Do you learn from your nonfiction work? Are you taken by surprise, taken some other place from the one you started at? What are your discoveries?
Worth a read
Interview with Jennifer Egan about her latest…
“In many ways, The Candy House is a love letter to fiction, which she believes can provide the most authentic insight into the human condition.”
And share further thoughts about this—about why you think one of the three is superior in speaking to Truth or truths of the “human condition.”
(Does this connect for you in any with with the above piece about discovery and assumptions in essay writing—is it so different in writing fiction?)
Thoughts on the February poll
That poll was a question about ritual in your writing practice. And equal number of you said “always” and “never,” with a smaller number saying “sometimes.” In other words… extraordinarily inconclusive! No one seemed to be including the NEED for coffee as “ritual.” For me, it is.
Re-cap of February posts
The usual potpourri, first of the month post, with a prompt of “juxtaposition” and a Sontag quote about “re-mystifying.”
A number of you posted in the juxtaposition prompt thread—always good to see. Poems, pieces, phrases. If you missed, or intended to post, take a look, and add yours.
The February Poetry Discussion thread is here. If anyone has a recipe that goes with that soup photo, please share—for Tara and for all. (Outside, right now, is a whole lot of snow, and it’s still coming down—definitely soup weather.)
I had to write a piece about “writers’ grants” and living and dealing with that reality. And then had to return for a re-read of the piece on taking pleasure in one’s own work. I wrote and posted that on my father’s birthday, early in the month, but the thought is timeless—we do need to pause frequently with this. The grant piece was a reminder: always this going backwards and forwards in creating.
Which brings me to the pieces on Character Goals, and the secondary piece connected to, about the movement and pacing of working towards goals.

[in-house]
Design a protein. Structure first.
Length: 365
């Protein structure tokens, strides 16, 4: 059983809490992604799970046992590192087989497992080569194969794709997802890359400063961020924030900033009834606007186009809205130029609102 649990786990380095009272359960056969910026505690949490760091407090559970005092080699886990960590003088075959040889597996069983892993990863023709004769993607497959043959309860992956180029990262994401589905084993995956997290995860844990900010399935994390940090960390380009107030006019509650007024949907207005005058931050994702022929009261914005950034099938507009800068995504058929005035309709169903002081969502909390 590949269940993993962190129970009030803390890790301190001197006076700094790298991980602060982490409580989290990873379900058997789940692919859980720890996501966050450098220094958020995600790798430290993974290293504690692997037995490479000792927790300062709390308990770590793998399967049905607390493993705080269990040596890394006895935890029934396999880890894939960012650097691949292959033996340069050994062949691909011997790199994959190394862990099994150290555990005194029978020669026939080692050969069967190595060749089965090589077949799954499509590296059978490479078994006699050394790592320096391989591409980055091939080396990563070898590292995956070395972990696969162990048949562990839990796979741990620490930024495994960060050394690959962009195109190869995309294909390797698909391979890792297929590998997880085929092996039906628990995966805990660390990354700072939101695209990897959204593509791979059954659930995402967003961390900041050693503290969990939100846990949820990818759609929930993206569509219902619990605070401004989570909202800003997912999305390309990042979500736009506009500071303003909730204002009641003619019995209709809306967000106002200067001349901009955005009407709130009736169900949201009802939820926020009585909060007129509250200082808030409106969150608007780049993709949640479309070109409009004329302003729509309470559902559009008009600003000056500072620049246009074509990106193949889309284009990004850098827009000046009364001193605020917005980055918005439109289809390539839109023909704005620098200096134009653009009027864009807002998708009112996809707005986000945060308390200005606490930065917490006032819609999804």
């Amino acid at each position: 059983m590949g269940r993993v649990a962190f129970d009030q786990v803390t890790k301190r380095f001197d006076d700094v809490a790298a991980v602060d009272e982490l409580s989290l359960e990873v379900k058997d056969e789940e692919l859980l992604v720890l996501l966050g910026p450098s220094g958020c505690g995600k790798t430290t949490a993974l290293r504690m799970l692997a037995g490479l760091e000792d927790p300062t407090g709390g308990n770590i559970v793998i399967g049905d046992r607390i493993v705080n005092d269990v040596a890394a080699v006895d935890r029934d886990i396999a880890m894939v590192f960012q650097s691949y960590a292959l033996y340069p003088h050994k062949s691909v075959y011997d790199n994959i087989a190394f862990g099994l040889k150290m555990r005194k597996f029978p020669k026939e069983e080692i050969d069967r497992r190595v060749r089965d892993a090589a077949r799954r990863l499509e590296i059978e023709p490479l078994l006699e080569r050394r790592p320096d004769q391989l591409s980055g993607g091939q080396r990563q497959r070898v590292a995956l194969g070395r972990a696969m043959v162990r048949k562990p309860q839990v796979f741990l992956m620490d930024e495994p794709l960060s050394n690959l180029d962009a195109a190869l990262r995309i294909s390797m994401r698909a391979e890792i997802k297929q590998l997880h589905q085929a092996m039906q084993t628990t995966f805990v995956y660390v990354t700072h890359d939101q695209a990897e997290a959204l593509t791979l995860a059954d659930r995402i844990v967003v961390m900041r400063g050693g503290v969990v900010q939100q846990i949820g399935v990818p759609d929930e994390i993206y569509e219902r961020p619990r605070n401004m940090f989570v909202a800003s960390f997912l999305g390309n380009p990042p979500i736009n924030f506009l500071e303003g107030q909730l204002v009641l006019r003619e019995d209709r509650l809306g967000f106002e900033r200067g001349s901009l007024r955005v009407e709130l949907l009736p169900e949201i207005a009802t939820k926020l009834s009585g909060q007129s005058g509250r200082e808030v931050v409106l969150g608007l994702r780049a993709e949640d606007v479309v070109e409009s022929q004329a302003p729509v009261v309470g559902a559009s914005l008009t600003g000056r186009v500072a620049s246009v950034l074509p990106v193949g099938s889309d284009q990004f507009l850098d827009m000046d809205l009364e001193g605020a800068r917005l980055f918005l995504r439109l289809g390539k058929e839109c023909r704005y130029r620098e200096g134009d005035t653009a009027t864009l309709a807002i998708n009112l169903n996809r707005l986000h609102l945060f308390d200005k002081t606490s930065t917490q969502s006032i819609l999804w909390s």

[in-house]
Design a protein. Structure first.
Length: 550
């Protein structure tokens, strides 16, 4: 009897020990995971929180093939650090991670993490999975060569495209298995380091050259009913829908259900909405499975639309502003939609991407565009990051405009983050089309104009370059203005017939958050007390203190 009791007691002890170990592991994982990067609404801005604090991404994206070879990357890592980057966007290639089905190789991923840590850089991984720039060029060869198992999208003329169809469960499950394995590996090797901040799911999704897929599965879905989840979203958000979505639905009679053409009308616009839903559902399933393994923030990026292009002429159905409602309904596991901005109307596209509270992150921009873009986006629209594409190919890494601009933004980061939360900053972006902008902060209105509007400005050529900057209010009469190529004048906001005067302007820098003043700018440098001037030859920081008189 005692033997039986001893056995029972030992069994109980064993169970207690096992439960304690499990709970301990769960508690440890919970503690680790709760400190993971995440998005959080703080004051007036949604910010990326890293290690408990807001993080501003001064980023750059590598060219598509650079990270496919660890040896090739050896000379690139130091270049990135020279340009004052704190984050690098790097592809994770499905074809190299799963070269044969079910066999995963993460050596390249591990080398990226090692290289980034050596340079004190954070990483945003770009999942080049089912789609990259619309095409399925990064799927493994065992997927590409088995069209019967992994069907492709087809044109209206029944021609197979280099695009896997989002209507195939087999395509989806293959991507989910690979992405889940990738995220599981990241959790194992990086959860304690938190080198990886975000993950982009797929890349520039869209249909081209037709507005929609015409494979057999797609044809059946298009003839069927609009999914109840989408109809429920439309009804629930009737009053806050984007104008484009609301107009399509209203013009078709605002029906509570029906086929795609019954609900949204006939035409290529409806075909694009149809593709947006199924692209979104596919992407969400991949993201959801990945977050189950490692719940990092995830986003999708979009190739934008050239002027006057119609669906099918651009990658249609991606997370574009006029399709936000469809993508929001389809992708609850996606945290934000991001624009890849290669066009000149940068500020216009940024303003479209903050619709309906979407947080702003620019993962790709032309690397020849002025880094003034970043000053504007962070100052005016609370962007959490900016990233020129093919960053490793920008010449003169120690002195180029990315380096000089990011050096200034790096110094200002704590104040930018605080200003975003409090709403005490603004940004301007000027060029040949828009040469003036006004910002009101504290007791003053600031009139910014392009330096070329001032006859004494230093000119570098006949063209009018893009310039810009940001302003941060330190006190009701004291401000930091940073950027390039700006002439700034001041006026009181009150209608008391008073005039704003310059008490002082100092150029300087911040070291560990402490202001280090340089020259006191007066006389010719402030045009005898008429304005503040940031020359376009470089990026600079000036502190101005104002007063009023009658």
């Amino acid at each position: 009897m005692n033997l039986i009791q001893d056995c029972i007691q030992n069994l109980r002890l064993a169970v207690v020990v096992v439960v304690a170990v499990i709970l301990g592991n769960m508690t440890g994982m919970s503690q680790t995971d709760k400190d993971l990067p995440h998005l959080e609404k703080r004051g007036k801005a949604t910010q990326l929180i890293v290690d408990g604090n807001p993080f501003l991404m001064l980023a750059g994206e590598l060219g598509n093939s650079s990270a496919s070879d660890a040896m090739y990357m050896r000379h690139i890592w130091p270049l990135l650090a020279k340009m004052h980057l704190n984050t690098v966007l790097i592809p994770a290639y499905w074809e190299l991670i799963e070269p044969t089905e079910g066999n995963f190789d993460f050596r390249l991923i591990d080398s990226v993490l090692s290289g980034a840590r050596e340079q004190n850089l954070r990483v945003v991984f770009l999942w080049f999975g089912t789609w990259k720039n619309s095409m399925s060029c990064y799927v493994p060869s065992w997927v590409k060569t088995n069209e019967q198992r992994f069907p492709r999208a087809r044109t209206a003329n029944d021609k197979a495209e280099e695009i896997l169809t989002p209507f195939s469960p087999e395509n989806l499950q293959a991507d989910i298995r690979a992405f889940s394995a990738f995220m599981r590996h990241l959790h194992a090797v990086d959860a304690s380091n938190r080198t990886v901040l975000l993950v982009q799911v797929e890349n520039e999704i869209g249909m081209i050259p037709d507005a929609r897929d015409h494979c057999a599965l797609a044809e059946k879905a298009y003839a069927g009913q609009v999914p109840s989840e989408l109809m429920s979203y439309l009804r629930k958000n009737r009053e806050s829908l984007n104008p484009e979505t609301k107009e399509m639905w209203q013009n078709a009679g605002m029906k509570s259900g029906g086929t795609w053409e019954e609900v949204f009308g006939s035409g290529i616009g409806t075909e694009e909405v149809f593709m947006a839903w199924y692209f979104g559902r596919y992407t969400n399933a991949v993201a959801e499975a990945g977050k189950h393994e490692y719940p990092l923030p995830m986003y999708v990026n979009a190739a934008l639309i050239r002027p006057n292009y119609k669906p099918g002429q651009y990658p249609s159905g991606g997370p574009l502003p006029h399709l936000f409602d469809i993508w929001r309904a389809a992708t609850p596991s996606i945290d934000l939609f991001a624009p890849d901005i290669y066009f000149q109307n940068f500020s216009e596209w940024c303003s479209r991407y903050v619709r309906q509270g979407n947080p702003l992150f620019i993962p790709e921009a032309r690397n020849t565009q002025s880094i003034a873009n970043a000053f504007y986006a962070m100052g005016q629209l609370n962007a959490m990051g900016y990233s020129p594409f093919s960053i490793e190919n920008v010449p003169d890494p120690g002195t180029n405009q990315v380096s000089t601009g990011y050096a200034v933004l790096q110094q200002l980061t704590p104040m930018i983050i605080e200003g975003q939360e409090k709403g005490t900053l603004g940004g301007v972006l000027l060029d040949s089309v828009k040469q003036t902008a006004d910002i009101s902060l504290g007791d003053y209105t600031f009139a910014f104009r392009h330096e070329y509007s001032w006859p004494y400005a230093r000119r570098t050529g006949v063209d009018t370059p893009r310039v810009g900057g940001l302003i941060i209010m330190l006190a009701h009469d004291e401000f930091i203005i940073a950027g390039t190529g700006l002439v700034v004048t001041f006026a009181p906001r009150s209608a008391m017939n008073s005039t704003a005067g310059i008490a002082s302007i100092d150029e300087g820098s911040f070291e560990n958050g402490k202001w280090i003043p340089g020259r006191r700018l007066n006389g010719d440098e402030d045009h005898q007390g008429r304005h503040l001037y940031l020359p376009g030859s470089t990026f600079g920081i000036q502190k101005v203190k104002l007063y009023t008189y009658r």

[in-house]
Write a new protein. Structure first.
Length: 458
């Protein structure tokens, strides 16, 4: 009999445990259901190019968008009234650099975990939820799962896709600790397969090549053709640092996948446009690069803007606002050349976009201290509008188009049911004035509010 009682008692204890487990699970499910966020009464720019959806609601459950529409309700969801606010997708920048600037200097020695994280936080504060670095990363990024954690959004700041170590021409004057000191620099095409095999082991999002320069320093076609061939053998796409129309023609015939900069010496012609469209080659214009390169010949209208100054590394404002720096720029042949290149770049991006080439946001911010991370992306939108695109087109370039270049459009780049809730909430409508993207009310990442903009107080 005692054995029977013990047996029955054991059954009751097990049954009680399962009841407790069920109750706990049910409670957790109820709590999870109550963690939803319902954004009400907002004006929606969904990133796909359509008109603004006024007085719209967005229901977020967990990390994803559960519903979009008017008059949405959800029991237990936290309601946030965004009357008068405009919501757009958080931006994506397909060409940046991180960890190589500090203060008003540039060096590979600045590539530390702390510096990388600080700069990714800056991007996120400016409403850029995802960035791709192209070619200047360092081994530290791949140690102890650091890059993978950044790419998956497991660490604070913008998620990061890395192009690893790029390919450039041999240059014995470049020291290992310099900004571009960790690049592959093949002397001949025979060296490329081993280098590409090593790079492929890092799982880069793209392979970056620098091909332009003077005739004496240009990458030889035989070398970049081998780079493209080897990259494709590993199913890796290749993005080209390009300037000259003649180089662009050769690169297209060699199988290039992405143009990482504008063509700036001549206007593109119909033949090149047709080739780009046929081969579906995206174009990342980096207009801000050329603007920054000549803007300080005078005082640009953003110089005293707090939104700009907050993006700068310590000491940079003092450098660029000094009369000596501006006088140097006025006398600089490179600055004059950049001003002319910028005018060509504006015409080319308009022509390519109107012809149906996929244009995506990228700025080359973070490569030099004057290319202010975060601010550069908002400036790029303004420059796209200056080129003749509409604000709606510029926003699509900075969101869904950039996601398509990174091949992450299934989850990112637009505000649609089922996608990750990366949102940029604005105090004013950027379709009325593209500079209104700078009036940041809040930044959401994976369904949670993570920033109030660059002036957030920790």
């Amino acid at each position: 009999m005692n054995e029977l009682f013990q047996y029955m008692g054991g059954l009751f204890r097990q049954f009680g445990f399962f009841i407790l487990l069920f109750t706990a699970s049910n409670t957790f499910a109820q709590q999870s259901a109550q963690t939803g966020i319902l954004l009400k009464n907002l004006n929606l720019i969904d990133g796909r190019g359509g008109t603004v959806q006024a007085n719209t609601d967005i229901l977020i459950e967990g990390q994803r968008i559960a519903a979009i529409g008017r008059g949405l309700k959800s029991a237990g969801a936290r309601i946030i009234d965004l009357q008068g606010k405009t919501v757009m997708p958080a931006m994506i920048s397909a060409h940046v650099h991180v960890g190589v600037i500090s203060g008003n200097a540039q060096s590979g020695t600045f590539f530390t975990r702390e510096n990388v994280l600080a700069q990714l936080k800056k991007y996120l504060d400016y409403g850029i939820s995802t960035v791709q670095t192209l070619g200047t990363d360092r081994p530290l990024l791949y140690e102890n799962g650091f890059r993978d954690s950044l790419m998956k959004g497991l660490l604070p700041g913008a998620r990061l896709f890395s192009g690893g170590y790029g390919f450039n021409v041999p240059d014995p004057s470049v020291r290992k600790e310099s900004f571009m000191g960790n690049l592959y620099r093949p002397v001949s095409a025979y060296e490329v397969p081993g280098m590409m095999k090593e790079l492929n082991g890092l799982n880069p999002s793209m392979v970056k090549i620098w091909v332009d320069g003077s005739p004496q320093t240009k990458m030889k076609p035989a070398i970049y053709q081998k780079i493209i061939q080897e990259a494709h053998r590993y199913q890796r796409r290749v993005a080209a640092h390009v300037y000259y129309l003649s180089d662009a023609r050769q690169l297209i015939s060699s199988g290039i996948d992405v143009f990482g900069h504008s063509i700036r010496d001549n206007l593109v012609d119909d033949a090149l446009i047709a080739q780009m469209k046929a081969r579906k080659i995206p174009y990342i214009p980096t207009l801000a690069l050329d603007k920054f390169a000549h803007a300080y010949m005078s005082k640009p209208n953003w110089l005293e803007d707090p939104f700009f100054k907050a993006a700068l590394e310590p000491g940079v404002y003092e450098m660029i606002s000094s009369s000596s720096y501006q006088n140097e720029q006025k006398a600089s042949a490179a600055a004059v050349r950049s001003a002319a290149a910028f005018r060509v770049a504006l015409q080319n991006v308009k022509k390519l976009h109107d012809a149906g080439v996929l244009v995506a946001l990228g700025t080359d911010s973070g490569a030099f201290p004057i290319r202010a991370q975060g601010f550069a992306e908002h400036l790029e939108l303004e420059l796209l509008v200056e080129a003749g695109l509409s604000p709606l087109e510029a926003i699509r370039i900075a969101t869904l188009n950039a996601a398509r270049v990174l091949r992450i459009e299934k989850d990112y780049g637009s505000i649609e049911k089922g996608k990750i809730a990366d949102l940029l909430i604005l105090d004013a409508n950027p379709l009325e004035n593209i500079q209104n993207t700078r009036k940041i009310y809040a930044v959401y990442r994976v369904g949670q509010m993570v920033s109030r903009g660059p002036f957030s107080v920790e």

(*DO check out this second half if you missed—I think it went a bit under the radar. But the mapping-out piece can be useful.)
I am missing your questions!
It’s been some time since I wrote in answer to some of your words. Do ask. It’s always good to know what’s on your mind, about writing, publishing, process.
Post as a comment or email at firstname.lastname@example.org.
Send along any scene/story, picturebook, or poem you’d like me to post in the workshop space. To: email@example.com
Tara posted a poem—a glosa—in the poetry workshop. The form of glosa is described in the poetry discussion thread.
From the Archives
Given my posts on grants and taking pleasure in our work—two seemingly at odds posts—let’s review The Gift, a book that should be on all our shelves.
What a generous offering in this March 1 newsletter, Alison! Thank you for every bit of it.
It’s sad that Poetry has zero votes in your poll. No question it distills truth better than any other literary form. But having acknowledged that, I voted for Fiction because my experience as a journalist taught me the limitations of Nonfiction.
Facts are not the Truth said Matisse. And I turned to Fiction after several years in print and broadcast journalism for that very reason. No matter how thorough my coverage of any story, I always felt there was more to tell, more to say than the facts could communicate.
Thanks for giving us so much to think about today. Love the Photo!!
Poetry condenses the experience which allows the reader to understand the emotional impact. The reader can appreciate the intensity of the words without being pulled in. When poetry is set to music all bets are off.